Five Questions With: Dr. Carla C. Moreira

Pawtucket native Dr. Carla C. Moreira stayed in her home state to graduate from the Warren Alpert Medical School of Brown University. She now serves as assistant professor of surgery at Warren Alpert, and as a surgeon in the division of vascular and endovascular surgery at Rhode Island and The Miriam hospitals. She is also section chief of vascular and endovascular surgery at the Providence VA Medical Center. In addition to her medical work, Moreira is a member of Brown’s diversity team, and devotes time to public health needs in Pawtucket.

PBN: Please describe the community work you are doing in Pawtucket.    

MOREIRA: I recently became involved with Cape Verdean American Community Development. They have been a tremendous and reliable resource for the Cape Verdean community in Rhode Island and Massachusetts. They provide multiple services locally such as youth and jobs-training programs, intercultural events and, more recently, outreach and collaboration with health organizations and providers to improve access to health services.

This past November, the center held a health and wellness fair, which I was honored to be a part of. Since then, I’ve joined the Cape Verdean American Health Council, a group of health care workers and community organizers focused on identifying and decreasing health disparities among Cape Verdean and other minority groups.

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PBN: What are some of the public health needs you are seeing?

MOREIRA: The public health needs in Pawtucket are similar to those in most working-class communities across this country: affordable and easy access to primary care, preventive health services, mental health treatment, child care and elderly care. These issues are compounded and amplified when there are language and cultural barriers.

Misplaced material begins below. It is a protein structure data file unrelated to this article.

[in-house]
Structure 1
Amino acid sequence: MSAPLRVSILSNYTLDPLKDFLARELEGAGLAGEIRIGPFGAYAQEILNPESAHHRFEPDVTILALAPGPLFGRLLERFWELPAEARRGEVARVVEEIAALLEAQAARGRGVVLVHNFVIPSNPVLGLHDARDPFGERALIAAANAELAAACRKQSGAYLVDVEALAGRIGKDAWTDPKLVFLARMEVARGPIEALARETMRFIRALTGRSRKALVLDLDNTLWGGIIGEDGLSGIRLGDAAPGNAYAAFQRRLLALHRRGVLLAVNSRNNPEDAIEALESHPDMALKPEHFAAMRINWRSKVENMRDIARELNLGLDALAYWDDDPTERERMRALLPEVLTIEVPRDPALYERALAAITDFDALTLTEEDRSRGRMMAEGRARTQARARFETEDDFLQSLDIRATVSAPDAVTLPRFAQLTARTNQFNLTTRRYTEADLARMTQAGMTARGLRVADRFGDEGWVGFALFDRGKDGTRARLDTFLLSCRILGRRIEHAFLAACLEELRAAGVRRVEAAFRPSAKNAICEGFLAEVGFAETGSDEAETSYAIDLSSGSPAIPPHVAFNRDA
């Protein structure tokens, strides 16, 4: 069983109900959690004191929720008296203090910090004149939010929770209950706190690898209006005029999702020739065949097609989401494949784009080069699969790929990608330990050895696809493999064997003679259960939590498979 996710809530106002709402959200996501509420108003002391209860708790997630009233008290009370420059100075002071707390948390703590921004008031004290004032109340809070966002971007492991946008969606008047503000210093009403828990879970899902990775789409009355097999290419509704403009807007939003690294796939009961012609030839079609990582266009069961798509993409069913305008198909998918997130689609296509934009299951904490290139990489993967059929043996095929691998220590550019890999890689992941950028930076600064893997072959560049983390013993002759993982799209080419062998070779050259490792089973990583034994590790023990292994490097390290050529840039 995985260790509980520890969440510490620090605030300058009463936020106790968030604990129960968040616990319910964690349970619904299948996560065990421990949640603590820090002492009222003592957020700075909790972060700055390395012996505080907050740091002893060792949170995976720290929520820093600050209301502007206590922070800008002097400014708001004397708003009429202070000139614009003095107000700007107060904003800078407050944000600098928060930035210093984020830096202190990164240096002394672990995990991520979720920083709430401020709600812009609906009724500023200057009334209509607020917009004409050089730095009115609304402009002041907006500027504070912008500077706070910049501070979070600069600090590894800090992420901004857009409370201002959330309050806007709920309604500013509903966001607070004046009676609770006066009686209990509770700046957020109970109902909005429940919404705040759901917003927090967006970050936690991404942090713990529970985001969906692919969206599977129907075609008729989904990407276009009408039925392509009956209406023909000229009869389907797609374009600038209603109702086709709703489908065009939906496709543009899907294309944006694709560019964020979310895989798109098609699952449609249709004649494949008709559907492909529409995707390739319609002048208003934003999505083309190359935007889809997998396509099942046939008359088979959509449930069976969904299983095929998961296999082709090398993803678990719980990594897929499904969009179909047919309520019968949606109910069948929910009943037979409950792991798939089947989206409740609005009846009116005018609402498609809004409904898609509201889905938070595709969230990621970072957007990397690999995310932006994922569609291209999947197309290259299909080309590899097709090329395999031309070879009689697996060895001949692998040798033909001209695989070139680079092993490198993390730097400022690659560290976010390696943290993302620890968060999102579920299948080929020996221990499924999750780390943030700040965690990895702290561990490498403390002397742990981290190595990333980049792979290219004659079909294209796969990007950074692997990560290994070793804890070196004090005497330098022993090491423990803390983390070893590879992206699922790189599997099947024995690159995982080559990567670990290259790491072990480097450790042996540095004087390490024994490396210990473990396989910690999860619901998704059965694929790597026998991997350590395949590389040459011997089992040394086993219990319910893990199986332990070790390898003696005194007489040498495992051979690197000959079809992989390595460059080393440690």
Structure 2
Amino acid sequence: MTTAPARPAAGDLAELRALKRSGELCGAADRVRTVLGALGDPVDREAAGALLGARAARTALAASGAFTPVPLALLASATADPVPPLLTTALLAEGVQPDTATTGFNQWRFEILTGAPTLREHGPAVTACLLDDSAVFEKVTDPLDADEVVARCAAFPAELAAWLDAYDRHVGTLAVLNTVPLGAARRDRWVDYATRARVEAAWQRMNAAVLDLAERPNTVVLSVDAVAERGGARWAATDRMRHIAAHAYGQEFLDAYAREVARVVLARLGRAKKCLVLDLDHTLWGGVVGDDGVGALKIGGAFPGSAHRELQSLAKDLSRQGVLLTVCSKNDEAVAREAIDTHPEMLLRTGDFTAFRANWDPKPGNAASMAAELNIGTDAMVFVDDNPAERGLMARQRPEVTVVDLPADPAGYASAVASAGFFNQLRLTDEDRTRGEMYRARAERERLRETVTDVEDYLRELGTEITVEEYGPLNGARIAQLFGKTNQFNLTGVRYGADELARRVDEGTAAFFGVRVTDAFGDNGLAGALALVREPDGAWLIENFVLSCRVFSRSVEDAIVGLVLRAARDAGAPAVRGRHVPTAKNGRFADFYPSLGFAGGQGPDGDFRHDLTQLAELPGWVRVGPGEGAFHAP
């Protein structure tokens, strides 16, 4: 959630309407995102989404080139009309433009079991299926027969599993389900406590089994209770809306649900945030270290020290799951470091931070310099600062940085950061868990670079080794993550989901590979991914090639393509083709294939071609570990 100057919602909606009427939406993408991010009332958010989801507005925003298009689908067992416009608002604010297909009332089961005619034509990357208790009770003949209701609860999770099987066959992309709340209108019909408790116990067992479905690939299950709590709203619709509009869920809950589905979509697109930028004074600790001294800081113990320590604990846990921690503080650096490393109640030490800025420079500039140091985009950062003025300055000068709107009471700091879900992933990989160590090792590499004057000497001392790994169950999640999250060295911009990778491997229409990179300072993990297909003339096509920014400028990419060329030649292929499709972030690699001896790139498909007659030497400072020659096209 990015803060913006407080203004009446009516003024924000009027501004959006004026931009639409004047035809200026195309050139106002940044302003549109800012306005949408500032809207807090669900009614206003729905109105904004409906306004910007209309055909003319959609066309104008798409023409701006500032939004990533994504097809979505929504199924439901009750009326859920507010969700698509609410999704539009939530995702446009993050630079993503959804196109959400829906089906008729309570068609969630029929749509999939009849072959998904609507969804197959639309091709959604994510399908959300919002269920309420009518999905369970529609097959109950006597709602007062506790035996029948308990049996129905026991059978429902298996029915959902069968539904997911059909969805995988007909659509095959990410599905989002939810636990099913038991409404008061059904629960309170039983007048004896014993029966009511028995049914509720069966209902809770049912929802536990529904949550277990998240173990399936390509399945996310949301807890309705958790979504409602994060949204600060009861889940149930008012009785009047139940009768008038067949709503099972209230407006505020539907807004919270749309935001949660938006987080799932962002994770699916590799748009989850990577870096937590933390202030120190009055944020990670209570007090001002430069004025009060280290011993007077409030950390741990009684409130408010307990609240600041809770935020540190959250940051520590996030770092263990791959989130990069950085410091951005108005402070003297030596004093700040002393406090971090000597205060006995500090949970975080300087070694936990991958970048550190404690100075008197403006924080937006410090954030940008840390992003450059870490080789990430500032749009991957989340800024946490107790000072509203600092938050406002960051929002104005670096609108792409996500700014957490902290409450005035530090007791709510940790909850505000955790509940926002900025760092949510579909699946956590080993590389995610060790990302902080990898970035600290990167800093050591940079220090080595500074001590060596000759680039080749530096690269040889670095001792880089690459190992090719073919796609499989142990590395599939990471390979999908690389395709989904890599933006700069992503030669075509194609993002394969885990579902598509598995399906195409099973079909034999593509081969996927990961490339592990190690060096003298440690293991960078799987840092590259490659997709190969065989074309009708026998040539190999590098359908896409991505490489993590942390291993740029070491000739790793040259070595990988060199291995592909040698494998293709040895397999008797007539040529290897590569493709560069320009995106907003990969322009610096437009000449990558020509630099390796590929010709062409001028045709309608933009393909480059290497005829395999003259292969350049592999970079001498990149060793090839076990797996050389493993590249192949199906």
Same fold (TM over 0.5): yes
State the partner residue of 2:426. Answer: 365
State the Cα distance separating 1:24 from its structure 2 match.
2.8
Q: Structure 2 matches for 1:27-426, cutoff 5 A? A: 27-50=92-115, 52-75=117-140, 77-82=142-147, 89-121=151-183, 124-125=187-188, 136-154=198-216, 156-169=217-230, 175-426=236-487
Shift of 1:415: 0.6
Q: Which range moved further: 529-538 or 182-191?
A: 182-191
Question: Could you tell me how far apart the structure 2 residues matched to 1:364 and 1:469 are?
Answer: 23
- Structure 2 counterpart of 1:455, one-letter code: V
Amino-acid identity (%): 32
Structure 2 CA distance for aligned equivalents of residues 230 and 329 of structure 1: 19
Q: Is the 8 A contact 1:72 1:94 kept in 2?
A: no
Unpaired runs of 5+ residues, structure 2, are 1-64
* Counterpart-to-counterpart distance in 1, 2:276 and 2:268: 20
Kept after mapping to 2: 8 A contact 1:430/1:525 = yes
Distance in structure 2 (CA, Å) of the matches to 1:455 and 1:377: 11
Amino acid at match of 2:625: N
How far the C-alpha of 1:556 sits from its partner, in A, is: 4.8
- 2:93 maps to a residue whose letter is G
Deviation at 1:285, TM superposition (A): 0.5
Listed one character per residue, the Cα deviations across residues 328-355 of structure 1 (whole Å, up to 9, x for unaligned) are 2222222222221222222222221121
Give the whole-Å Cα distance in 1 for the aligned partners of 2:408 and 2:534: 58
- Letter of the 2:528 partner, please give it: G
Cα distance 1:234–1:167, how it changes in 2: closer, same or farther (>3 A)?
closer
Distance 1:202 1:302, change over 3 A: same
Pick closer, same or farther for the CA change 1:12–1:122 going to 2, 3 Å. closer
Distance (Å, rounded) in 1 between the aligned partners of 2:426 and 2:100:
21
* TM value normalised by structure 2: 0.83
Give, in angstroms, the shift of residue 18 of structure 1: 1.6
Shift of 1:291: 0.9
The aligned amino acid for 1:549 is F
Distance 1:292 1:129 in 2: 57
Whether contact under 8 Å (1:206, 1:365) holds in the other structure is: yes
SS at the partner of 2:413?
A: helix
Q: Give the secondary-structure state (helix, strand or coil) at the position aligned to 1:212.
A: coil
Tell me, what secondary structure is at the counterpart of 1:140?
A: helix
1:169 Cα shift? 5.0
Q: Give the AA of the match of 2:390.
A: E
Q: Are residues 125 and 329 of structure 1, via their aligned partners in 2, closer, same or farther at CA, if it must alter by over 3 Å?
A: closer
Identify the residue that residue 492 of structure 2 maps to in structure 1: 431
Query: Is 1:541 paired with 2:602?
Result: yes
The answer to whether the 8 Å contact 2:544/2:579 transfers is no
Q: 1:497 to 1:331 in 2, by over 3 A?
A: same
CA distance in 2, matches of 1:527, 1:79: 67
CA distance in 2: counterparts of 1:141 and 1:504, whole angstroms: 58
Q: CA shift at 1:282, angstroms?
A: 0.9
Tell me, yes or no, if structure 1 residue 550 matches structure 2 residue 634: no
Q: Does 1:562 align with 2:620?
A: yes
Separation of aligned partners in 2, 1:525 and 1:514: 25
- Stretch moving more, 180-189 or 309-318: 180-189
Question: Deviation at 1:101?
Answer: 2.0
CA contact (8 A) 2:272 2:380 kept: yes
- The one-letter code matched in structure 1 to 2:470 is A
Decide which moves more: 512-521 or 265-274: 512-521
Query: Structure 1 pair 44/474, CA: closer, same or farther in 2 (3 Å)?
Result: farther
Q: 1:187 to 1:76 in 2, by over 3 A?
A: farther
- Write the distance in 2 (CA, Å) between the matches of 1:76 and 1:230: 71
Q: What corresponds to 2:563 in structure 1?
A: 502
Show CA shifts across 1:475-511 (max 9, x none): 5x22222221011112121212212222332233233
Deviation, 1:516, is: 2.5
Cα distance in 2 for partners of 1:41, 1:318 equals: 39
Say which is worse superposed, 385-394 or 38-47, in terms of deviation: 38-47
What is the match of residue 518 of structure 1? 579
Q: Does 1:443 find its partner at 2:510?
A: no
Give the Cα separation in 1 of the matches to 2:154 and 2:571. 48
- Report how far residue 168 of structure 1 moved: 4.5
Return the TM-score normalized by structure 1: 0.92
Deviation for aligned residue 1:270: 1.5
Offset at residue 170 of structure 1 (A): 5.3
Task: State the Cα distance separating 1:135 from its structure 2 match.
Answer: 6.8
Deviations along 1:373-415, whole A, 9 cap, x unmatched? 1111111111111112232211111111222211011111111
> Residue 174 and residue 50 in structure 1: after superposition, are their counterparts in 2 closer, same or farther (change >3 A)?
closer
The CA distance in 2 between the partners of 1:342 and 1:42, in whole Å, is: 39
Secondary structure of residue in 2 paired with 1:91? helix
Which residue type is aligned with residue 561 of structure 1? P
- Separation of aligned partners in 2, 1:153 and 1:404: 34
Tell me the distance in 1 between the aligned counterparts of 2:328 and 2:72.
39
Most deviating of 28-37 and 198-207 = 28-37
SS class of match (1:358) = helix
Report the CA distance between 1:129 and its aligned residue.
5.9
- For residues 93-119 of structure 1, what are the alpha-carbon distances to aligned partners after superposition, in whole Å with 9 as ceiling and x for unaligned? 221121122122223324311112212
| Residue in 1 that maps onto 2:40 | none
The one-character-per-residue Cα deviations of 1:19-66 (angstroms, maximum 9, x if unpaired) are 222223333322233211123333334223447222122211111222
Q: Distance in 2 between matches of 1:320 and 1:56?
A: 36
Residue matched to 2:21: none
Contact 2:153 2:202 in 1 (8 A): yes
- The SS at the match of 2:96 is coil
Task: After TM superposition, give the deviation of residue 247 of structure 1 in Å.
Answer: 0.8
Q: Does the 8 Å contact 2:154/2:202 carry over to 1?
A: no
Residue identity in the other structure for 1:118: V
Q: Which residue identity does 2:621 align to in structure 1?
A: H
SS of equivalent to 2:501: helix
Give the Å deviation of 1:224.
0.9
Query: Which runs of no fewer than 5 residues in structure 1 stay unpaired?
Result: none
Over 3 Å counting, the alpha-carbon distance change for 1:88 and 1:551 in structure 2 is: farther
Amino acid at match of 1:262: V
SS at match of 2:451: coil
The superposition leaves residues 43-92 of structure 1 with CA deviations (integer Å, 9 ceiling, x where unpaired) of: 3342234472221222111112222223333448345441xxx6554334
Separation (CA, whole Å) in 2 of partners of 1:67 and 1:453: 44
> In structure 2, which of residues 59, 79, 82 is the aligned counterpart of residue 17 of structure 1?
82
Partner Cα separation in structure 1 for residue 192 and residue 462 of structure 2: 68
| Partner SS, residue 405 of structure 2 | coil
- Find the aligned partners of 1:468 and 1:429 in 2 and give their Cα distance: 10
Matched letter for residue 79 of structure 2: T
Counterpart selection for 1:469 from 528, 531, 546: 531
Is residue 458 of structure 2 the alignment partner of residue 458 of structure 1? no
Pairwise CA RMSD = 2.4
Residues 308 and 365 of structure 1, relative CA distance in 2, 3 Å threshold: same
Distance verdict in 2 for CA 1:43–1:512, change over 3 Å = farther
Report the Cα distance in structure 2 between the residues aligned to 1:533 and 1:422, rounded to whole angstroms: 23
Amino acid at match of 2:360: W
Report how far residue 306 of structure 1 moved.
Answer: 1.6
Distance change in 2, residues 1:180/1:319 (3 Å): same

The resultant public health crisis is evident by persistent disparities in the health and health care of the communities with the highest needs but least resources. For example, these is a large unmet need for culturally and language-appropriate educational material on basic health conditions and resources for Kriolo, Portuguese and Spanish-speaking patients in communities [such as] Pawtucket and Central Falls.

Partnership between community organizations [such as] CACD and Progreso Latino and health providers/organizations are essential for bridging those gaps. This scenario presents a challenge and an opportunity; for providers, I say get out of your offices and clinics and [talk to] these community leaders and see where and how your patients live. This is because if you can truly understand your patient, understand how they live, how their illness impacts their lives and, more importantly, how their lives impact their illness, you will be a demonstrably better doctor and steward of the health care system.

For patients, I would encourage them to take ownership of their health care, know their rights and feel empowered to demand good care for themselves and their neighbors.

PBN: You grew up in Pawtucket and graduated from the Warren Alpert Medical School of Brown University. Why did you decide to return home to practice medicine?

MOREIRA: The answer may sound a bit cliché, but the answer is rooted in the same sentiment of why I wanted to become a doctor – to help people. More specifically, I wanted to help my grandfather. He had a chronic health condition that required frequent trips to doctors’ offices, specialty clinics and emergency departments. He didn’t speak English; I did. He had very low health literacy; I was endlessly fascinated and enthralled. He was the patient; I was his translator. He passed away during my first year of vascular surgery fellowship.